By Lauren Emberson
When I joined the Ryerson Students’ Union (RSU), I was hopeful. After spending a couple of years involved on campus in a variety of roles, I decided that it was my turn to take a swing at student politics. I was initially hesitant after following the Canadian Federation of Students secret bank account scandal, the disastrous aftermath of 6 Fest, and a history of financial deficits, but I was sure I wouldn’t make the same mistakes as the student politicians who came before me. Just don’t have a secret slush fund or commit fraud and you’ll be fine.
In February 2017, Ryerson students elected me vice-president student life & events. I was committed to transparency, accountability and student-focused decision-making, as most are when they venture into student leadership. What followed over the course of the next 10 months was far more challenging than I could have imagined.
Work consistently consumed 60 hours of my life per week and some of my fellow executives still told me that I didn’t work enough. My personal life and academics quickly fell by the wayside. Most of the work that I did wasn’t glamorous, and it certainly wasn’t anything that students will ever know of or thank me for. Budget analysis, committee meetings and conflict resolution aren’t things an average student typically cares about.
“What followed over the course of the next 10 months was far more challenging than I could have imagined”
Board meetings and executive meetings were centred around taking shots at one another to prove moral superiority instead of advancing students’ interests, which is evident in the insignificant amount of things that typically got done. The bureaucracy and in-fighting hindered any kind of productivity. With controversial campaigns and the follow up concert to 6 Fest in my portfolio, social media was an unhealthy collage of opinions about my successes and downfalls. It was troubling to scroll through comment sections on social media that asked for my resignation or to be tagged in Facebook rants about my latest “power trip” over things I had nothing to do with, all by strangers on the internet.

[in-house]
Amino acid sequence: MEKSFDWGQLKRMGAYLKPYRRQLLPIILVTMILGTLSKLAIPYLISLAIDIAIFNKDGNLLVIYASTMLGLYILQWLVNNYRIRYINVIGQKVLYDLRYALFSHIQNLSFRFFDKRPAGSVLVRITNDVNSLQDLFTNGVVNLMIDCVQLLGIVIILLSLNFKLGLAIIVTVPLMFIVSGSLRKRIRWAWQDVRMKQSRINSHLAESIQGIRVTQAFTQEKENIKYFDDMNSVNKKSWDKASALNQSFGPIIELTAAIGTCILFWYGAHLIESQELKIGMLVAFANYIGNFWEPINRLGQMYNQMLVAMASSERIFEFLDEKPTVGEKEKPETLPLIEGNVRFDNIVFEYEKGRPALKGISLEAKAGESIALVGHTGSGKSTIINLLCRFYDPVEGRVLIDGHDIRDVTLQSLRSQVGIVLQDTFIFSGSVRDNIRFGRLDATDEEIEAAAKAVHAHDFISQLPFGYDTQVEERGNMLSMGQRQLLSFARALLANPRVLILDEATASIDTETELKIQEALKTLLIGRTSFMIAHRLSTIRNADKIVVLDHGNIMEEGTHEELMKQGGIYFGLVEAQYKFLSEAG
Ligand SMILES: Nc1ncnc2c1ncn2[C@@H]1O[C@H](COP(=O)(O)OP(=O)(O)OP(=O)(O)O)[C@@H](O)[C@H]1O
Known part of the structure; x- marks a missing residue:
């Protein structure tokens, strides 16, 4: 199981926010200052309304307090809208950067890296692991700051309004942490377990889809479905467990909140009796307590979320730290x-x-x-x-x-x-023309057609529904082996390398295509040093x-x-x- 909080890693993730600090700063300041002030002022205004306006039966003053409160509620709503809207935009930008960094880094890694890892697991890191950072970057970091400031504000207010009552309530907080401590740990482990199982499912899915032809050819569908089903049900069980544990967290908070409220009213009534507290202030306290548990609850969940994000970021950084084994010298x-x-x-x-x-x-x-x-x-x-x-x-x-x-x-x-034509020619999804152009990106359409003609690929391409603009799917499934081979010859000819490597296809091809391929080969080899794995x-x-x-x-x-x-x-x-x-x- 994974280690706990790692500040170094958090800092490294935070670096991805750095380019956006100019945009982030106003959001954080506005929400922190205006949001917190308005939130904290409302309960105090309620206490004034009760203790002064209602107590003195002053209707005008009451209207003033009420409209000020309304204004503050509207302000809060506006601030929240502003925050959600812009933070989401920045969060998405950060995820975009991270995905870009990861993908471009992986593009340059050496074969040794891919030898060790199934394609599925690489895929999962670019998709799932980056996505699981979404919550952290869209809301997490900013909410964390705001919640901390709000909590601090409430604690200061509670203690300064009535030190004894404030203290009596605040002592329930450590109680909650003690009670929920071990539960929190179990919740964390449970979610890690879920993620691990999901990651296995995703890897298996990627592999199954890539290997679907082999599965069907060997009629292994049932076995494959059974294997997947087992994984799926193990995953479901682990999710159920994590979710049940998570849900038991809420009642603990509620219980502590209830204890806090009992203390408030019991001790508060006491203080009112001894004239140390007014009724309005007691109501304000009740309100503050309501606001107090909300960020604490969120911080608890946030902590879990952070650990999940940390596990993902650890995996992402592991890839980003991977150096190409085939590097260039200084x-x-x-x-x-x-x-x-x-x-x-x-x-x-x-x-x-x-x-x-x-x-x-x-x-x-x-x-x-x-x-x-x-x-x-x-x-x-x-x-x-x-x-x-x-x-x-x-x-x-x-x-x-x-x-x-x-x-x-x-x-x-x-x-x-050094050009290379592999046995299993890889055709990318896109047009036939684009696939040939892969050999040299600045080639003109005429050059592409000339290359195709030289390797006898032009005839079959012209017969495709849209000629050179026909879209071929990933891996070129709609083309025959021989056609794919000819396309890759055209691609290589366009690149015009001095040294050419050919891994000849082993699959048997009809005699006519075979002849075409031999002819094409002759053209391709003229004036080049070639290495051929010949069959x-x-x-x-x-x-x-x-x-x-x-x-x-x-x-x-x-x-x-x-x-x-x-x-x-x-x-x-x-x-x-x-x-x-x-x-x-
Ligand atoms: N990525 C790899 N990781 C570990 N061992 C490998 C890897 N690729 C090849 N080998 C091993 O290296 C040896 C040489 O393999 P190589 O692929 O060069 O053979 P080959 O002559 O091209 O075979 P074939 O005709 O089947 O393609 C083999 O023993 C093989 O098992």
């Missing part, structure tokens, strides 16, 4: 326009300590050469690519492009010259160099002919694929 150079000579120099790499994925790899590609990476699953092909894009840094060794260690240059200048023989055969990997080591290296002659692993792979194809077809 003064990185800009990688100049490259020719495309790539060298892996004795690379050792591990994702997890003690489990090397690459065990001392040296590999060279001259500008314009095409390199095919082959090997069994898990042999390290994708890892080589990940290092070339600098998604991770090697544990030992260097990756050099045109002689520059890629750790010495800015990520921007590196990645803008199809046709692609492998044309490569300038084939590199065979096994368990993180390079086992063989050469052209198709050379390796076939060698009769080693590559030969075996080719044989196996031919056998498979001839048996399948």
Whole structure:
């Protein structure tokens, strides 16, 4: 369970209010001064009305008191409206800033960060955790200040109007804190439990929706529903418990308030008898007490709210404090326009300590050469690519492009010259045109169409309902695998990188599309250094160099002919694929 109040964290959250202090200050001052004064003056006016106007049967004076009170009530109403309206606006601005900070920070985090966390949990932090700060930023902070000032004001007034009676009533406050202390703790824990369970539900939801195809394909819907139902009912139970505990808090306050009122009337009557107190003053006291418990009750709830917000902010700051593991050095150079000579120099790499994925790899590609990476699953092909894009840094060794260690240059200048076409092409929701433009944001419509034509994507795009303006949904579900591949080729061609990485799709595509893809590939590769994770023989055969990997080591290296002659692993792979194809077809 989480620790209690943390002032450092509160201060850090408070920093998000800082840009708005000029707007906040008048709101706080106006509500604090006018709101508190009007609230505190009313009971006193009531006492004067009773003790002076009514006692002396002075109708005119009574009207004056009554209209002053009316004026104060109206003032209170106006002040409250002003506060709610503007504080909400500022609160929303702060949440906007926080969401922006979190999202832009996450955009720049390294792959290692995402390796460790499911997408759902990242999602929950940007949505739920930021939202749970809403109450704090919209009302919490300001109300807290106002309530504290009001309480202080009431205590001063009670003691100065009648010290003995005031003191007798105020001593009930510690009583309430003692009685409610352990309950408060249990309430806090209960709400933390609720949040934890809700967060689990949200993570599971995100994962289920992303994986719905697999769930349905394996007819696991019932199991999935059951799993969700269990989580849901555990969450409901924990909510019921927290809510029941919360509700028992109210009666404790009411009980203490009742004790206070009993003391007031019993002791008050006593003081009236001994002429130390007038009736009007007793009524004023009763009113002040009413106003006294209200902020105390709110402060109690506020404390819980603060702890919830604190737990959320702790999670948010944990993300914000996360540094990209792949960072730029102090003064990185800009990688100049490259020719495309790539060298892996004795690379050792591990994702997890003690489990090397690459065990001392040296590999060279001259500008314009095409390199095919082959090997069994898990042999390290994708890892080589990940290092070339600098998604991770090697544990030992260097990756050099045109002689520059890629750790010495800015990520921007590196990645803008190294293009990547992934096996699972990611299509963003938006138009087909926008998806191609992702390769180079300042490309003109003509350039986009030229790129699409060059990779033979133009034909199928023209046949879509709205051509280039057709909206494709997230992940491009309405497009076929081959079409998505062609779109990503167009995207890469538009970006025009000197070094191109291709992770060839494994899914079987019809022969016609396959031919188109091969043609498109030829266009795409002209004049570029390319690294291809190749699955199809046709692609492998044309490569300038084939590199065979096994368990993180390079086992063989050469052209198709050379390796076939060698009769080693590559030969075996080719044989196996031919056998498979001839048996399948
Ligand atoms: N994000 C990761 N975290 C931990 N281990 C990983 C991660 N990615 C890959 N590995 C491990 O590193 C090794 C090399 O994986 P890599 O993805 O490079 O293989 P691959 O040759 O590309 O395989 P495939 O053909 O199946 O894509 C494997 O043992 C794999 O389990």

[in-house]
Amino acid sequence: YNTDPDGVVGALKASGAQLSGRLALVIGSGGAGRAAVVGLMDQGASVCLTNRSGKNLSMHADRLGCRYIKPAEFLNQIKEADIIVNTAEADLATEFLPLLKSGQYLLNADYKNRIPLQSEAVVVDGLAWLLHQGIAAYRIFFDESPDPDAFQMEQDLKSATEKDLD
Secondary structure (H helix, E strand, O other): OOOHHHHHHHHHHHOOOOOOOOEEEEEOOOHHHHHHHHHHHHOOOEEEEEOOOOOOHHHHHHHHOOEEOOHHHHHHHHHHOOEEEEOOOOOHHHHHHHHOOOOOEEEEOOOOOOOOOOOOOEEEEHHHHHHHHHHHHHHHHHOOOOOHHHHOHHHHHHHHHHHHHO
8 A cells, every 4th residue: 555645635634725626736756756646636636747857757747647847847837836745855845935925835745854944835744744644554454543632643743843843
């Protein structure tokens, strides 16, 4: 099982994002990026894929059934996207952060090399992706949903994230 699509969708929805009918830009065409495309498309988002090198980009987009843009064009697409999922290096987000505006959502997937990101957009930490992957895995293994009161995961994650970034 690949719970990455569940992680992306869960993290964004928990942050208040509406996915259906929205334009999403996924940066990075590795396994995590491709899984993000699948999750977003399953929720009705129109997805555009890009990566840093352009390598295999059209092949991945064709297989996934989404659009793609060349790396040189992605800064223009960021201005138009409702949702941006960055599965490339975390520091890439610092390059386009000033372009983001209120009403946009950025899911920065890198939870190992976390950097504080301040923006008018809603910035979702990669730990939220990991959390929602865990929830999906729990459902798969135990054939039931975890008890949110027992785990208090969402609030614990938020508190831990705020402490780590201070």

Criticism to my work in the RSU more often than not came in the form of character judgements and threats. People followed me on the street and I saw online conversations where student politicians who disagreed with me shared my location and threatened me physically.
I felt paranoid everywhere that I went, both physically and online. Unfortunately, these aren’t uncommon experiences among students in leadership positions. It occurred to me that harassment and personal attacks were used as tactics for controlling spaces and the stories that came out of them. It was seen as just another part of the job.
“Criticism to my work in the RSU more often than not came in the form of character judgements and threats”
I was no longer seen as a classmate, a colleague or a friend. I was a public figure, so my work was judged publicly. Campus news outlets wrote about me. Strangers nonchalantly talked about me as if talking about the weather or sports. It felt immensely isolating to be treated like a character in the latest showcase of political theatre instead of as a person, and I’ve since realized how easy it is to dehumanize those who volunteer themselves to make positive change on campus.
That being said, politics doesn’t exist in a vacuum. The political stances we took and the events we offered throughout the year led to real impacts and consequences on students’ lives. We should be held to account for those choices. The problem is that the line between holding student politicians accountable and ruining our personal wellbeing and safety has disappeared.
After a long year in this toxic environment, I ultimately decided to resign. I felt that student government wasn’t serving its purpose. There have been several other resignations in other facets of student leadership throughout the course of the year including faculty societies, course unions, and student groups. It’s clear that my experience isn’t an isolated one.
I, like my former colleagues, ran for the RSU with the best intentions. It’s a shame that with the weight of the responsibilities we carry and our reputations and career prospects on the line, we often lose sight of those intentions. Student government has the potential to change lives on campus, but it currently exists to primarily benefits those in positions of power, and as a source of entertainment and memes for those it’s meant to serve.